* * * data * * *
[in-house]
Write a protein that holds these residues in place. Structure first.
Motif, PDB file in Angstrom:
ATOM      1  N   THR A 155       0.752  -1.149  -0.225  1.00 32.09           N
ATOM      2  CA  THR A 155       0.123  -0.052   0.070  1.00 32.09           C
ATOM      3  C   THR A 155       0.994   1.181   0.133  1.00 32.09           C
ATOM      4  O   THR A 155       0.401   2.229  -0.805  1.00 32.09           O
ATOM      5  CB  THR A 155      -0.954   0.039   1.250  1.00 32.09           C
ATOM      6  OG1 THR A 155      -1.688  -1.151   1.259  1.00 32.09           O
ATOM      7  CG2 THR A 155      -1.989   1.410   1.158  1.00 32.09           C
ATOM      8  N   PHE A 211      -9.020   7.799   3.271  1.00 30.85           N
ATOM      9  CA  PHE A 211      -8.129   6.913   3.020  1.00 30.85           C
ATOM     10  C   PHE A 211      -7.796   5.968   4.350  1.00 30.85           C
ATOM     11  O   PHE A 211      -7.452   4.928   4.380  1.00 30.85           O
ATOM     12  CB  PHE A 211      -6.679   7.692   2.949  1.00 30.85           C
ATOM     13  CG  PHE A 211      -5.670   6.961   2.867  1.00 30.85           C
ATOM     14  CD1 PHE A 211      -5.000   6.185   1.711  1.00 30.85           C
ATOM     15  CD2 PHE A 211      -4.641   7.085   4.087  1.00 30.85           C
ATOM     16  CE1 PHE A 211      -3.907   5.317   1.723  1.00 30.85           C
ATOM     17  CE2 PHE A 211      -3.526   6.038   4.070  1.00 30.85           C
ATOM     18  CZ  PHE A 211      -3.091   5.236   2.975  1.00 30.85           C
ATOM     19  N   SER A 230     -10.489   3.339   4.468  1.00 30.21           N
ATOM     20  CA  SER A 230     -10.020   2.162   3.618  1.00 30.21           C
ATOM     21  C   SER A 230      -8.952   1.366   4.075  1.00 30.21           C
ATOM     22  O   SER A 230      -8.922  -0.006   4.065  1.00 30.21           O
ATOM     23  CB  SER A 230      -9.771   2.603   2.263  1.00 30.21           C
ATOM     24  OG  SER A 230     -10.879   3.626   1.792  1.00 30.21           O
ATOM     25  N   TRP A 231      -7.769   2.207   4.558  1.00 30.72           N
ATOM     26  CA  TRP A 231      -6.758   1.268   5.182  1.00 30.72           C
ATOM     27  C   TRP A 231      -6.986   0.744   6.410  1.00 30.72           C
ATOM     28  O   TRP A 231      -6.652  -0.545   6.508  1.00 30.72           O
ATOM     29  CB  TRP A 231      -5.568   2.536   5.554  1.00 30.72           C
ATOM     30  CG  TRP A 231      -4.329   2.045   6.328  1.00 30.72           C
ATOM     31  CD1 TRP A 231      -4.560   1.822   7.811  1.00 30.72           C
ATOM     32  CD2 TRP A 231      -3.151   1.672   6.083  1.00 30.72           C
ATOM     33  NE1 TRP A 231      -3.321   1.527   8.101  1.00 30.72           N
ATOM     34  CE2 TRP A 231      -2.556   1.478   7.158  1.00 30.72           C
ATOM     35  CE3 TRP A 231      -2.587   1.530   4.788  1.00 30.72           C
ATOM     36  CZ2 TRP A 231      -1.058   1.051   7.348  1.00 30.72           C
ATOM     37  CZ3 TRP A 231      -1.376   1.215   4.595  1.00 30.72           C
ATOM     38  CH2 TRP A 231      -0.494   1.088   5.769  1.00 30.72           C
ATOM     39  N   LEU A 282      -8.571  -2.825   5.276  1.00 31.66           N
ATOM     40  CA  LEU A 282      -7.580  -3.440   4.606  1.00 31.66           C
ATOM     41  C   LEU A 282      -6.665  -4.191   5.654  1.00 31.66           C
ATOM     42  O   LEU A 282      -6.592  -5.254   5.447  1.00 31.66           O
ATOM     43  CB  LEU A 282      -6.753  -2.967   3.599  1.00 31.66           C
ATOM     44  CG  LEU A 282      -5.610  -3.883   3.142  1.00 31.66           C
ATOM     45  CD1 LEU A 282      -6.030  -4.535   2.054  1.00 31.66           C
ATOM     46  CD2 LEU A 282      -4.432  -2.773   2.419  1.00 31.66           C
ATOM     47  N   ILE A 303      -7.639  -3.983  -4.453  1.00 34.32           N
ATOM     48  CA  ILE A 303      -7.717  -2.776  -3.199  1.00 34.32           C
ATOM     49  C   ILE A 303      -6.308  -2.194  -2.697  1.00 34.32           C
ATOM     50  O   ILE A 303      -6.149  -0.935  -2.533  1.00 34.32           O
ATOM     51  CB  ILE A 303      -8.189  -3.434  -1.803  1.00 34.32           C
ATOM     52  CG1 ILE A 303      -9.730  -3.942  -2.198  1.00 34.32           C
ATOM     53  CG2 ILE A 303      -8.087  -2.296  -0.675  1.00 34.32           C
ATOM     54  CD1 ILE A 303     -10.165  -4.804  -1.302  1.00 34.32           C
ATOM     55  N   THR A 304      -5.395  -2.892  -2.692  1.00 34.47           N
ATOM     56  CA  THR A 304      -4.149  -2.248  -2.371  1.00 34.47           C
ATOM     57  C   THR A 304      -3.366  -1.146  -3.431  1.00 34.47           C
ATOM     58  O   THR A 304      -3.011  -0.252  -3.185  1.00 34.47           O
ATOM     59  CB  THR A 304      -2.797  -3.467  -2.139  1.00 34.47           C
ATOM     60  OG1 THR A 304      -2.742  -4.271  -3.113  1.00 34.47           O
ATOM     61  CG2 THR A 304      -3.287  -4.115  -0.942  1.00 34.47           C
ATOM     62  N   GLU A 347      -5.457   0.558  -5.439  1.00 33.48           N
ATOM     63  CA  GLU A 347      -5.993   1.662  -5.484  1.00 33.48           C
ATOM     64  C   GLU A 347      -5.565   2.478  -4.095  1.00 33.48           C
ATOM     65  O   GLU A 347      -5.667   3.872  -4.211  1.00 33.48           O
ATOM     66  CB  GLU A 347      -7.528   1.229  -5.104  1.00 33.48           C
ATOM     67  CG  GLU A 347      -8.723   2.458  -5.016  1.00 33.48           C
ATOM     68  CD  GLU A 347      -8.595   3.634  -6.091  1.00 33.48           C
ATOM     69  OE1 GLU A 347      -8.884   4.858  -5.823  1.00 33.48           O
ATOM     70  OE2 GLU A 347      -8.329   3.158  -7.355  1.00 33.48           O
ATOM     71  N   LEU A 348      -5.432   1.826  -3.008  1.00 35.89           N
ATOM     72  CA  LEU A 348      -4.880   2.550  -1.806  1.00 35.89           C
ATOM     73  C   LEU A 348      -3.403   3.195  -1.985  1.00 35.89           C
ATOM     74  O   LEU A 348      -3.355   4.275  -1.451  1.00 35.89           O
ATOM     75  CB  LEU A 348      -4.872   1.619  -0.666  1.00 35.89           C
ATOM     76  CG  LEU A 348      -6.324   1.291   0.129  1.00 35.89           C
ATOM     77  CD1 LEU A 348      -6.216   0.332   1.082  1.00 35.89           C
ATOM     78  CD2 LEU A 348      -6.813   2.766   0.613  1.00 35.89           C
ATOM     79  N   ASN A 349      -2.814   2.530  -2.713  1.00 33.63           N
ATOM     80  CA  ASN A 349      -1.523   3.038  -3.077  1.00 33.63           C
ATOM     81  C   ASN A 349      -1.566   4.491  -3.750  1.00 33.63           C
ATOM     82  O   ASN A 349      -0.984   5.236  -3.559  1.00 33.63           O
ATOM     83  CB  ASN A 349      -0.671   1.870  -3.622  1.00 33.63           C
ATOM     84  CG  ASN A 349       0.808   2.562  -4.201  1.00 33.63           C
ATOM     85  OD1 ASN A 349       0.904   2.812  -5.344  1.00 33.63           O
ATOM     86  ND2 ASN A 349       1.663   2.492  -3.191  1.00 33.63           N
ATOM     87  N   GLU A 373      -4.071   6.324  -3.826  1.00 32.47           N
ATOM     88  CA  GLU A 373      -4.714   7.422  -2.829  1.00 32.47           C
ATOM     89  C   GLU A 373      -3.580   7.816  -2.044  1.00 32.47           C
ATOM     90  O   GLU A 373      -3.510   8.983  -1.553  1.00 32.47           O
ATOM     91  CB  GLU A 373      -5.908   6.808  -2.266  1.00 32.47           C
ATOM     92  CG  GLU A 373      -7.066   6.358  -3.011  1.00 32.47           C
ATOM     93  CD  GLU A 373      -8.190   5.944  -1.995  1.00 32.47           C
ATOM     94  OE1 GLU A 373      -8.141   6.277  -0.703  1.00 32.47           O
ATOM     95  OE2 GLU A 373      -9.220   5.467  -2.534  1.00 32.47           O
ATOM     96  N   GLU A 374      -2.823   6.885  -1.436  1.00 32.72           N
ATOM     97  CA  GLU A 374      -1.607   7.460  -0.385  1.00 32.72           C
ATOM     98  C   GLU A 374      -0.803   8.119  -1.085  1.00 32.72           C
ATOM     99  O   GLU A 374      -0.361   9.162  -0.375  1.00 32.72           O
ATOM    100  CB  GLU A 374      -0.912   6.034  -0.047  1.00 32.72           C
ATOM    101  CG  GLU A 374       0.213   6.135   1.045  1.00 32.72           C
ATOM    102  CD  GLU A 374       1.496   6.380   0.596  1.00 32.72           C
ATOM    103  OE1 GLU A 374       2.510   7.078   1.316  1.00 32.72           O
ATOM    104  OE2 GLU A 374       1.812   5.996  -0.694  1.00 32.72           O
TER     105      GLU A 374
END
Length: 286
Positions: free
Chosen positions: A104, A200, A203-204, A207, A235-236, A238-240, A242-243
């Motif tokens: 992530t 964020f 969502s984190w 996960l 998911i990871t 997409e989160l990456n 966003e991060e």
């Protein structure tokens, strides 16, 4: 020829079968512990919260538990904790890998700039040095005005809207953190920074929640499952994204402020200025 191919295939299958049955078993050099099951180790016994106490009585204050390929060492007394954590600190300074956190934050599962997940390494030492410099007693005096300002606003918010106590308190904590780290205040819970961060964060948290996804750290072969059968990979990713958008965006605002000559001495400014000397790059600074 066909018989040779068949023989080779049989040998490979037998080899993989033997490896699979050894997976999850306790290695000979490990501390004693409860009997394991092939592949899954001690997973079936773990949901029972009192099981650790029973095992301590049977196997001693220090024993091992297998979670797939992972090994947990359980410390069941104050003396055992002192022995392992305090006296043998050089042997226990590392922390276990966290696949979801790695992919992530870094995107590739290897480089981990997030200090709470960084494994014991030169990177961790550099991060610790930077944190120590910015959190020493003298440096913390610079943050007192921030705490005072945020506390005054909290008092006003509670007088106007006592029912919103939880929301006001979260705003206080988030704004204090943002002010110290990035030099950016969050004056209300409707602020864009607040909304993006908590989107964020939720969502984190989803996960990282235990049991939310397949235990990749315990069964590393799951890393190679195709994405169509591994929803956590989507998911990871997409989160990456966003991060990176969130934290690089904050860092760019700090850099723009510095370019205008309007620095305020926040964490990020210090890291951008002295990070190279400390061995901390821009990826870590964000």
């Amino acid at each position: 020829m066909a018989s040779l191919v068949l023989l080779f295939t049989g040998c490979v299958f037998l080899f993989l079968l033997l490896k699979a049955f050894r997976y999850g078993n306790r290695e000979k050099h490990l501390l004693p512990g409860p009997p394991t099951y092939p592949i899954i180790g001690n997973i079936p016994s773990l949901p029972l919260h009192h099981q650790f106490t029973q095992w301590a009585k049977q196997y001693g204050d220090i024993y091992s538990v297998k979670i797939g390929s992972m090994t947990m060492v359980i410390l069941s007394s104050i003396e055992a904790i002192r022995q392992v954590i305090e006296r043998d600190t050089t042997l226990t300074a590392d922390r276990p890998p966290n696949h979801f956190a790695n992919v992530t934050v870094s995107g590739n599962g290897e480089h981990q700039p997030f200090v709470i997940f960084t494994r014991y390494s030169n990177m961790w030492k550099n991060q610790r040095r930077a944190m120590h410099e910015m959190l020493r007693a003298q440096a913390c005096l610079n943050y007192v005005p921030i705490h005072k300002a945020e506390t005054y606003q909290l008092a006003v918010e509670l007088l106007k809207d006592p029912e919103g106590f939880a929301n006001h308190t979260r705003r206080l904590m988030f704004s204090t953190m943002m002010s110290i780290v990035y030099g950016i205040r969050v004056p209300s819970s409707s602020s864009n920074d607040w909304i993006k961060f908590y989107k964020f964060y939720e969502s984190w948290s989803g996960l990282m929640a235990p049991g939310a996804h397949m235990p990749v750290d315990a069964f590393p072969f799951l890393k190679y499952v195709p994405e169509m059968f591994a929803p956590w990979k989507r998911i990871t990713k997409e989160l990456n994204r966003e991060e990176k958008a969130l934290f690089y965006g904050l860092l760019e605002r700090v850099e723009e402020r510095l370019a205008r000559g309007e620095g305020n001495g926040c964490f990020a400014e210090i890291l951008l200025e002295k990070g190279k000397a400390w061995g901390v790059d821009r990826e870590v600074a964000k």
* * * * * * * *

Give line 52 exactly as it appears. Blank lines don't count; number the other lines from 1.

ATOM     49  C   ILE A 303      -6.308  -2.194  -2.697  1.00 34.32           C